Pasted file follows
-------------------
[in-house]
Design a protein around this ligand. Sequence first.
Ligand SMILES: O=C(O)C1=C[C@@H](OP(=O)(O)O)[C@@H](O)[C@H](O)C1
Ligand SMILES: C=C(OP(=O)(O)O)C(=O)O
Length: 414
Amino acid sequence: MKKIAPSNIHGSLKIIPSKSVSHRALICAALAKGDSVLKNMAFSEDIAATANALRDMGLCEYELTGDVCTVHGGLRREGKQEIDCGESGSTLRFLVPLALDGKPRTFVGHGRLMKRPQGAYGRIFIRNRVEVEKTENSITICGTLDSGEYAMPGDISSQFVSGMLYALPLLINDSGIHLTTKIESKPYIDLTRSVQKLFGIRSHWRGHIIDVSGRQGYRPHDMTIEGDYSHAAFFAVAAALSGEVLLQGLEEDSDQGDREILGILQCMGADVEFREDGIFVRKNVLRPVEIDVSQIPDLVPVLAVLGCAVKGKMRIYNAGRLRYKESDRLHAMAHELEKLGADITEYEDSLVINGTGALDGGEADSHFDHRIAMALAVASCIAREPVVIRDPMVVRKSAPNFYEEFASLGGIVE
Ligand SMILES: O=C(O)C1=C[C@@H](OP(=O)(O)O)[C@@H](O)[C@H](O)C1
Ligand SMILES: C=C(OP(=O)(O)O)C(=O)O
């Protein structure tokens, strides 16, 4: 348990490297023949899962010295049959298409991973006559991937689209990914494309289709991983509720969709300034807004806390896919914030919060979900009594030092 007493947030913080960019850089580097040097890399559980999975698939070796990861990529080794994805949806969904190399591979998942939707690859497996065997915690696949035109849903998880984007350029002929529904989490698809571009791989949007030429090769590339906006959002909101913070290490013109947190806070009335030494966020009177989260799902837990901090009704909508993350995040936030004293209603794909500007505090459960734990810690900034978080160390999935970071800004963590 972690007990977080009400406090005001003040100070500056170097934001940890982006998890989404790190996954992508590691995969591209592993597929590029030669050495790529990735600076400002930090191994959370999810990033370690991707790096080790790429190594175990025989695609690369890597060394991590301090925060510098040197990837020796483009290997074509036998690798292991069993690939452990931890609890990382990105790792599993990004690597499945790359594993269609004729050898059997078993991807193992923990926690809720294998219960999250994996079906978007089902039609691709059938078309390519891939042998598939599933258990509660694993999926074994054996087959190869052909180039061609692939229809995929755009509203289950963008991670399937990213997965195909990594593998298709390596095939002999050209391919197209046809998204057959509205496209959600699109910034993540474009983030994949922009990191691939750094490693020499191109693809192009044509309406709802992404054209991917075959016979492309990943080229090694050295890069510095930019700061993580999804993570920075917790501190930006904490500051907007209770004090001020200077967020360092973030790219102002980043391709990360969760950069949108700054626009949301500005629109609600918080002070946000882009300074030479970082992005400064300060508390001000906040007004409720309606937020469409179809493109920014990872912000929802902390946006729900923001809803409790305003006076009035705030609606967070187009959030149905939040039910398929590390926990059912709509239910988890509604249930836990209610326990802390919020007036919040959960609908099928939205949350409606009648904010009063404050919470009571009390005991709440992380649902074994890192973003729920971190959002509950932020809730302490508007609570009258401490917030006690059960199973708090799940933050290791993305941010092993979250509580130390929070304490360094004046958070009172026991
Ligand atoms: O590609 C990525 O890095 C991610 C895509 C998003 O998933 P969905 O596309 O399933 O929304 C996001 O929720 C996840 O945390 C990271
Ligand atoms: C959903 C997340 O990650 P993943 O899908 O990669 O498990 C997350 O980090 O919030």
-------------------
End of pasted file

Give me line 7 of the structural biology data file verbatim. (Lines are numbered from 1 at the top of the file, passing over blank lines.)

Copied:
Ligand SMILES: O=C(O)C1=C[C@@H](OP(=O)(O)O)[C@@H](O)[C@H](O)C1